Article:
Thursday, June 23, 2005

Beacon No. 47: Caution about Consistency


In "Weighing the Effects of Freely Elected Islamist Governments," National Public Radio discusses the perils of the U.S. refusing to deal with freely elected Islamist governments in the Middle East. It would be inconsistent, Jackie Northam reports, for the administration to do so after pushing so hard for democratic elections in the region.

Matters of taste aside, U.S. law would forbid dealings with, say, a Hamas administration in Ramallah, since Hamas is classified as a terrorist organization by the State Department. But Northam's story doesn't mention that the Bush administration has already had nearly three years of relations with a freely elected Islamist government: that of Prime Minister Recep Tayyip Erdogan's Justice and Development Party in Turkey.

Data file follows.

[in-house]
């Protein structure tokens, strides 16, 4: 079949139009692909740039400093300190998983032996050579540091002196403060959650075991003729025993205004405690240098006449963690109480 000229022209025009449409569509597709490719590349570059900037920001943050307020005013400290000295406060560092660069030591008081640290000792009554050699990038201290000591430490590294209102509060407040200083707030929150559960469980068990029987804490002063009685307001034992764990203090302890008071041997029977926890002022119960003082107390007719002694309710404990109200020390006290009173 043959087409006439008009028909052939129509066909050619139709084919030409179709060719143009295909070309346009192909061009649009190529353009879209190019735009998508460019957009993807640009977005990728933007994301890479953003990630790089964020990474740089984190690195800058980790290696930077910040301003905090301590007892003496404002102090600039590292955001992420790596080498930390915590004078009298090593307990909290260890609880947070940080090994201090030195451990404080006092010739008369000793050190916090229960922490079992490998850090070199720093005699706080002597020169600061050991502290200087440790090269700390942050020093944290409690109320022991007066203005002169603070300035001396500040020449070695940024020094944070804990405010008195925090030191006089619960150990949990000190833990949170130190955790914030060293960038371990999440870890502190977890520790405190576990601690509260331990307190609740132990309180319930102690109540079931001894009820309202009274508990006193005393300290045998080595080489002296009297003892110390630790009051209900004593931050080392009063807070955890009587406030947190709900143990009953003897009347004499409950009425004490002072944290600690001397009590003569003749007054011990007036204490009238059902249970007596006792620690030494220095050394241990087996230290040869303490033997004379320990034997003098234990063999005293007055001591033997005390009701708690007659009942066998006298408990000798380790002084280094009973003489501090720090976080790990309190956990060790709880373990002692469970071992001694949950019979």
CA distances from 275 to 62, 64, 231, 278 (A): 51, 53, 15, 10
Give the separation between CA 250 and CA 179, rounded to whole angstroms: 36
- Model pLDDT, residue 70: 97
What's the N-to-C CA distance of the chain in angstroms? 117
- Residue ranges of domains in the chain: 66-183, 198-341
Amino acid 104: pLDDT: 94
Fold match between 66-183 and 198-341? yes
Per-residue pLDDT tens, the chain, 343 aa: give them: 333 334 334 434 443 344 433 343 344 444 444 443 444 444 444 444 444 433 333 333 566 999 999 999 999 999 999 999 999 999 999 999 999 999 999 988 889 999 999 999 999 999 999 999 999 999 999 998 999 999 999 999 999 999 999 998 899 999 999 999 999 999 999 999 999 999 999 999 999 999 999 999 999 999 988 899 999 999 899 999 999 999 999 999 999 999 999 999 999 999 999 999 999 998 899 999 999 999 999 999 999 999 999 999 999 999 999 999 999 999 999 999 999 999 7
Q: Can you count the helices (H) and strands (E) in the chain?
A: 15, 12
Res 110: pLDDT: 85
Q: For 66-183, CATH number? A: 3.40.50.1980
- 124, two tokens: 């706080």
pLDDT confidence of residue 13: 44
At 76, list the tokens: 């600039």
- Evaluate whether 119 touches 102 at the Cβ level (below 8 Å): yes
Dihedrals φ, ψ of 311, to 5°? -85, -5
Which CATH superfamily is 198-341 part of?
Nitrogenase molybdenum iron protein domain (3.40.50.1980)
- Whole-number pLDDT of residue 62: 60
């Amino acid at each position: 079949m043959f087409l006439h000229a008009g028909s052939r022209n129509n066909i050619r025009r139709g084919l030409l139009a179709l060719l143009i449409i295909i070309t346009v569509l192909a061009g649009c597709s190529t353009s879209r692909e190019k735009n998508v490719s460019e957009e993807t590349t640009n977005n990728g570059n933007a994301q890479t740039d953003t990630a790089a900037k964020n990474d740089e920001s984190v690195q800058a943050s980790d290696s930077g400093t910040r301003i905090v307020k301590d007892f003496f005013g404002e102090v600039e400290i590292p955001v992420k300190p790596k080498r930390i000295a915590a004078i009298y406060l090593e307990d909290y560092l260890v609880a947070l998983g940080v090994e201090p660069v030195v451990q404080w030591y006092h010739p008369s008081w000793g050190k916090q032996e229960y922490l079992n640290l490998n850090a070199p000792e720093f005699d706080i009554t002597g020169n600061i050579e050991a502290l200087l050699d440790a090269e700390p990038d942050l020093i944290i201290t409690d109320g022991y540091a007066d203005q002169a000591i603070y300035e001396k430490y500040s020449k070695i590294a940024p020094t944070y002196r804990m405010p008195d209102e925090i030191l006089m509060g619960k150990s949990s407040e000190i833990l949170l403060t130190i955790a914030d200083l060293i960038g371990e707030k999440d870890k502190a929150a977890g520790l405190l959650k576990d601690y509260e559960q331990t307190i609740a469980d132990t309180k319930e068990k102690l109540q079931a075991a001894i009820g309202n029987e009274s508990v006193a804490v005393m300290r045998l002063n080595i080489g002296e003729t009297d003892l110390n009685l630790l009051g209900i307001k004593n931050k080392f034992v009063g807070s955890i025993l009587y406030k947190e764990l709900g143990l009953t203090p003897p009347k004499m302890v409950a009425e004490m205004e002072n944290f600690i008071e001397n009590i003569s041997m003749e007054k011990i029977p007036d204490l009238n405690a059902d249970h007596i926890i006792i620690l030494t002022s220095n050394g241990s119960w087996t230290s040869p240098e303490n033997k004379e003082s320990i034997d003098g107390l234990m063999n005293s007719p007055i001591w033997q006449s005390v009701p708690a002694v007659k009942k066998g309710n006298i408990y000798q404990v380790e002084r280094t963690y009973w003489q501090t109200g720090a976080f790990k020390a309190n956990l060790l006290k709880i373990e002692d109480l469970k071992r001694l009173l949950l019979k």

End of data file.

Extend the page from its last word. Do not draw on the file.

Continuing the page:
Before his election, Erdogan was tried for reading poetry that was too "Islamic" for Turkish tastes, never mind what U.S. officials thought. But like any newly elected politicians, Erdogan and his Justice and Development Party found that campaign-trail rhetoric clashes with the need to govern. Turkish citizens' strong desire for EU membership and the threat of a veto by Turkey's secular military also moderated the new government's attitudes.

Following a low point just before the Iraq war—when Ankara refused to let its territory be used by U.S. troops or aircraft headed for Iraq—relations have improved dramatically; Prime Minister Erdogan and President Bush have even swapped visits to each others' countries.

Today the Turkish state is easier for the U.S. to deal with than its putative European allies, and I hope the Bush administration remembers this when deciding who to deal with and who to ignore.

It might even be better for State to find a way to reclassify a freely elected Hamas government out of "terrorist" status, rather than have no direct way to deal with an administration the whole Arab world will watch for decades.

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